Maybe he wouldn’t have liked the film. I don’t know. The family says he would have, so I’m going to go ahead and go there, but he was definitely was not boastful at all, and we just were trying to set the record straight. Essentially, we just felt his personality ended up overtaking his stature as a ballplayer.

Was the family involved from the start?

They were — the very first meeting I had about this was with Larry, Tim, and Dale, the three sons and we sat down in their lawyer’s office, and pitched them this idea. I was there with Peter and Mike Sobiloff, and I laid out my vision for the film and they took a liking to me fortunately. It took a while to get the money raised [because] nobody really thought much about Yogi, as far as the viability of having a movie about him, but we just started shooting and I met Lindsay along the way. Then the more I got to know Lindsay, the more I [thought] this is a force of nature who needs to be involved Into this project and as Lindsay got more and more involved as we went along, it eventually made [sense for] her to narrate the film.

Was it tough to wrangle interviews? Not in the sense of getting people to agree, but to be able to film with them? It looked like you caught Don Mattingly, for instance, after a game.

Yeah, Don Mattingly was actually shot at Citi Field before a Mets game, he was up there with the Marlins, and they all said yes, but scheduling them and and shooting was [challenge]. We have an amazing production company here in L.A., Vanishing Angle, Matt Miller and Natalie Metzger, who helped with all the logistics, but it was tough. COVID didn’t help at all – this was at the height of it, and Derek Jeter was at his offices down in Miami and Billy Crystal was in his backyard, so it took a while. This movie’s taken about five years from idea to theatrical release, but it’s been a labor of love. And I had to go back to where he grew up in the hill in the Italian section of St. Louis and I went to his childhood home — it’s now an Airbnb you can rent for like 65 bucks a night, but I had to meet… there’s a scene with the two nieces, you remember them?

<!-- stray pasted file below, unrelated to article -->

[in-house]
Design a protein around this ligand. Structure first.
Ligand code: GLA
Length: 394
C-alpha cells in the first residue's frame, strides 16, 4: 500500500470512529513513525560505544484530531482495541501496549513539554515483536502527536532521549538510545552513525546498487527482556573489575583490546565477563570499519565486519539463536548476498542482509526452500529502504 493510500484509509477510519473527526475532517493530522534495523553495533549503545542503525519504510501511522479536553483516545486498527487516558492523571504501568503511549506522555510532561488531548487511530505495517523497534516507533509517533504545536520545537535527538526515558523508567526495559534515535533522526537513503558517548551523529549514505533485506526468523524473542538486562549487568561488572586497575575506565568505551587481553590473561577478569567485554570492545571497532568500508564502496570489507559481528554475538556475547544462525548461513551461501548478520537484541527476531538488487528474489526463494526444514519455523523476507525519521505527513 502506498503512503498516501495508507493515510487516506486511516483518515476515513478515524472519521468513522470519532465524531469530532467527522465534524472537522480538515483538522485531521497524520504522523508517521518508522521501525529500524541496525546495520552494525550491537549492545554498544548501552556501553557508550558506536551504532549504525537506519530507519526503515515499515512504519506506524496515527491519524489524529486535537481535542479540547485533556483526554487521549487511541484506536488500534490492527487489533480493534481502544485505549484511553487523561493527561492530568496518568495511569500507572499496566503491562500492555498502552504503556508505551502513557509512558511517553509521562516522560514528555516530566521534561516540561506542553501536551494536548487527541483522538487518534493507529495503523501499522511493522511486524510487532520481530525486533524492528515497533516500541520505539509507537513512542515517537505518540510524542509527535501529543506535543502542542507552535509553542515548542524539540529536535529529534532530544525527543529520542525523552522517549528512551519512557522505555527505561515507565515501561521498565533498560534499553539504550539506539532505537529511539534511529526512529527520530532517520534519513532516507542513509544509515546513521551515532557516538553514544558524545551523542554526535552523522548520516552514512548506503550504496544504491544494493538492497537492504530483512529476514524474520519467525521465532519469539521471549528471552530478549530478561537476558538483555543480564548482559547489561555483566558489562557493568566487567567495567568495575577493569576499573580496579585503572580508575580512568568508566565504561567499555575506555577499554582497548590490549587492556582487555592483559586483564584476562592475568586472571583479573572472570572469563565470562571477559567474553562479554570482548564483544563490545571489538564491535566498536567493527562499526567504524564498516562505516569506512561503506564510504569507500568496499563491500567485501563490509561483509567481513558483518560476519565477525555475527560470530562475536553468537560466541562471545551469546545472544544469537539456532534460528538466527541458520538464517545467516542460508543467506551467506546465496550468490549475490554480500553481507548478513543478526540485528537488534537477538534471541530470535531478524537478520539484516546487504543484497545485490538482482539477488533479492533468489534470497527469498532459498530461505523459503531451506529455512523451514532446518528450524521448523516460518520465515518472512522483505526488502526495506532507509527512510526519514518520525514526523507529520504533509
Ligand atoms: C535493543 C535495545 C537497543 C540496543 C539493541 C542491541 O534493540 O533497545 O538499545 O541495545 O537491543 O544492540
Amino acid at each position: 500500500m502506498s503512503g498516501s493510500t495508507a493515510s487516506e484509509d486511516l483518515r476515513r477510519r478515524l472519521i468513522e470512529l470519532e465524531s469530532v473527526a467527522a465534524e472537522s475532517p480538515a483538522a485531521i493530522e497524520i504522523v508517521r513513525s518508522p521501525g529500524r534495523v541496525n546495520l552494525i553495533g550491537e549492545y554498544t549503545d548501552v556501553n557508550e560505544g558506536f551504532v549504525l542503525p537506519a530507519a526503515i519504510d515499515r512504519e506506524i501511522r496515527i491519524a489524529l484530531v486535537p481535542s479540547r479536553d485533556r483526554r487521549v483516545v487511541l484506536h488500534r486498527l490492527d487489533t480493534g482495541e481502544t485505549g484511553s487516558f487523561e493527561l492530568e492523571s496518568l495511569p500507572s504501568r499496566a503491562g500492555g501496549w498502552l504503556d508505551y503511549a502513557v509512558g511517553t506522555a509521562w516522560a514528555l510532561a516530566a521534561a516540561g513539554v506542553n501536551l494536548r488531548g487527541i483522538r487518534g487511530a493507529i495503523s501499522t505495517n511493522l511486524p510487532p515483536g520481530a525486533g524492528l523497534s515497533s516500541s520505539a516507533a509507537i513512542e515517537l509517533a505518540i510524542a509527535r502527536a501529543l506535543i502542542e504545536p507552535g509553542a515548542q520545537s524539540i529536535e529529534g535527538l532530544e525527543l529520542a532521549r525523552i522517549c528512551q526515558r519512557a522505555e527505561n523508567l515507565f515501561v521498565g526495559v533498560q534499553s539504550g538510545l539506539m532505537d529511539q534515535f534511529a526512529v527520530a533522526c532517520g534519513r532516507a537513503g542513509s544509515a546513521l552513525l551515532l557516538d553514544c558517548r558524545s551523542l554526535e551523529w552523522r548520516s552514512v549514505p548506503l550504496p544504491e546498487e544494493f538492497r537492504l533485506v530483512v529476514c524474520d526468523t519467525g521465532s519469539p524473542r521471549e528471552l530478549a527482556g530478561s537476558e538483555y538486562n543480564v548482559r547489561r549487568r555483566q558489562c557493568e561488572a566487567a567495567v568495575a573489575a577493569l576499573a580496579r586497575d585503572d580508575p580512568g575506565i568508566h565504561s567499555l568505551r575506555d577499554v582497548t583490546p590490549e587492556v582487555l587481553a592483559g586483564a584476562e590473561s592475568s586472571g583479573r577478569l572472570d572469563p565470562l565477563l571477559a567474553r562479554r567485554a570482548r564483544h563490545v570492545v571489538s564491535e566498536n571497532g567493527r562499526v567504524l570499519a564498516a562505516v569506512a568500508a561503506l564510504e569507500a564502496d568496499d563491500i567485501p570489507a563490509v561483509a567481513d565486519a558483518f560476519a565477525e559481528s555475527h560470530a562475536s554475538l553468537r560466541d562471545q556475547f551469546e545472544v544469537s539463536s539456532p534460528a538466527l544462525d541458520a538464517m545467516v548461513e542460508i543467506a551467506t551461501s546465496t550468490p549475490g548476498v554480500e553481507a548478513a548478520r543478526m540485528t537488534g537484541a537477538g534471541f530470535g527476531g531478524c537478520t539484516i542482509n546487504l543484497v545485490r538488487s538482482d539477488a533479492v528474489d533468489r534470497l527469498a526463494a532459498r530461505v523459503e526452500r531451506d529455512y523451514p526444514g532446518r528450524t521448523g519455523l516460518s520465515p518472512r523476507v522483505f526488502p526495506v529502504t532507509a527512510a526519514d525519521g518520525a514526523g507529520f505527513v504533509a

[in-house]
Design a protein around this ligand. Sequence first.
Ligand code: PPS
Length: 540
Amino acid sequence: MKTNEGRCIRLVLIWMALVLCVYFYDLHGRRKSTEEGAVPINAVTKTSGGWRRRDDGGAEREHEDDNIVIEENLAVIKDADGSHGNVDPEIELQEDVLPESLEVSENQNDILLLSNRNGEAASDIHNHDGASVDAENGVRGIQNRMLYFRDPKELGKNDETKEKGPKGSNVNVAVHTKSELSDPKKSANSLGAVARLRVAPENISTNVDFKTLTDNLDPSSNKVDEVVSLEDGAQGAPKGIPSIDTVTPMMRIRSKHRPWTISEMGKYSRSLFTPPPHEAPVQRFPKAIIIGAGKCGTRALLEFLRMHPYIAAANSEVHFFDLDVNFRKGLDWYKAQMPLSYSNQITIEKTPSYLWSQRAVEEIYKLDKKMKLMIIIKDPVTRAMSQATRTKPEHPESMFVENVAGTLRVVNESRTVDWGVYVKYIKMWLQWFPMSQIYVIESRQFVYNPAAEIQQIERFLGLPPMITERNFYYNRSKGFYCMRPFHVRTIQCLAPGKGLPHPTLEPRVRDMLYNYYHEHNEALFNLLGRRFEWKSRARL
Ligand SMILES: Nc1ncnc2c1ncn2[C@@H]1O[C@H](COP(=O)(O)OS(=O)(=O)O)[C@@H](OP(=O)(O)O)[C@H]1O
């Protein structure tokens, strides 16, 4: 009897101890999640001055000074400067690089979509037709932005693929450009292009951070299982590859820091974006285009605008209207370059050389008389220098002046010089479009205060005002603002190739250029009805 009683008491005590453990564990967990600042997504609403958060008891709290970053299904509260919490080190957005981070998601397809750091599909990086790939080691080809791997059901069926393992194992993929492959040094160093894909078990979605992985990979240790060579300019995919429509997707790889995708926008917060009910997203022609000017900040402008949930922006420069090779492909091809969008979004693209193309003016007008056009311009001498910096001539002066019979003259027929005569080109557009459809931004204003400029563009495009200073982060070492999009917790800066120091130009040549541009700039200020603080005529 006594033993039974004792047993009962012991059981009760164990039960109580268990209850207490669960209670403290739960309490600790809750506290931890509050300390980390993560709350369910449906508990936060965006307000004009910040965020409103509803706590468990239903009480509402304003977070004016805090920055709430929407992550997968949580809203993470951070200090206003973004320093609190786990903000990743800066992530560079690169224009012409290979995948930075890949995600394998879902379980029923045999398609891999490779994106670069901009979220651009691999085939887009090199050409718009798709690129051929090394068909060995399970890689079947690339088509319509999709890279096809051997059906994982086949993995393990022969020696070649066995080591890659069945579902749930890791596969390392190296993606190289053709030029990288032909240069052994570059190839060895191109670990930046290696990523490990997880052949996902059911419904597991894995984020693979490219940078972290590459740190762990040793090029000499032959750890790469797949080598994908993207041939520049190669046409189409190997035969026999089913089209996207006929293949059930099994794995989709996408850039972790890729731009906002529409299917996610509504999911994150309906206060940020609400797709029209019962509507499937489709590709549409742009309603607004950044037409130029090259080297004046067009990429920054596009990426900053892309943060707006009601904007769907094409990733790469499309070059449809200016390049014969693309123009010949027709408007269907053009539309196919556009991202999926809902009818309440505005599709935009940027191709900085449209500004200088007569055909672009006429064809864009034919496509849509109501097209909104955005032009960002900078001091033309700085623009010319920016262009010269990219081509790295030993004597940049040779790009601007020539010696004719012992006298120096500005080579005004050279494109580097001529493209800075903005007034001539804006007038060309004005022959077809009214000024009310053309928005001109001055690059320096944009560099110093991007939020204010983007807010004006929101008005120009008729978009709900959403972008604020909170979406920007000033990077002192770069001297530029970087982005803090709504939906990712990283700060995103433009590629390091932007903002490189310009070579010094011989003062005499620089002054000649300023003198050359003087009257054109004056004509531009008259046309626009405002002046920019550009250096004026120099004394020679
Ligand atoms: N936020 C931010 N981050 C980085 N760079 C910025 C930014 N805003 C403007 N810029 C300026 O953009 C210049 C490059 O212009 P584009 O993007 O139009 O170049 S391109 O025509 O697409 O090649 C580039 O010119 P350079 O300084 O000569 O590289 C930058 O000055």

I was actually going to bring this up — when you go to the shoot with the nieces, do you know what they’re gonna wear, or were their matching Yogi t-shirts a complete surprise?

Yeah, no, total surprise. I don’t think they ever take those things off.

It’s so lively for a biography that takes place in the past. When it’s archival-based, does that require a different approach? The game footage in particular becomes dynamic because of the way it’s cut with a modern tempo.

Yeah, this is only my second documentary, so I’m still kind of new at them, but I’m proud of how it turned out. We were able to really tell an interesting story here, and with documentaries, you have so many weapons at your disposal, so I was able to really lean into some of that archival and verite, and even some animation graphics to really help get the point across. It was a really fun way to tell a story. My editor Julian Robinson is an incredible filmmaker and a real genius, and being able to cut these things together in a way that put the audience viscerally in these games as much as we could was tough because there weren’t a lot of close-up cameras back then. The cameras were super high and wide, so we had to really get creative with our editing.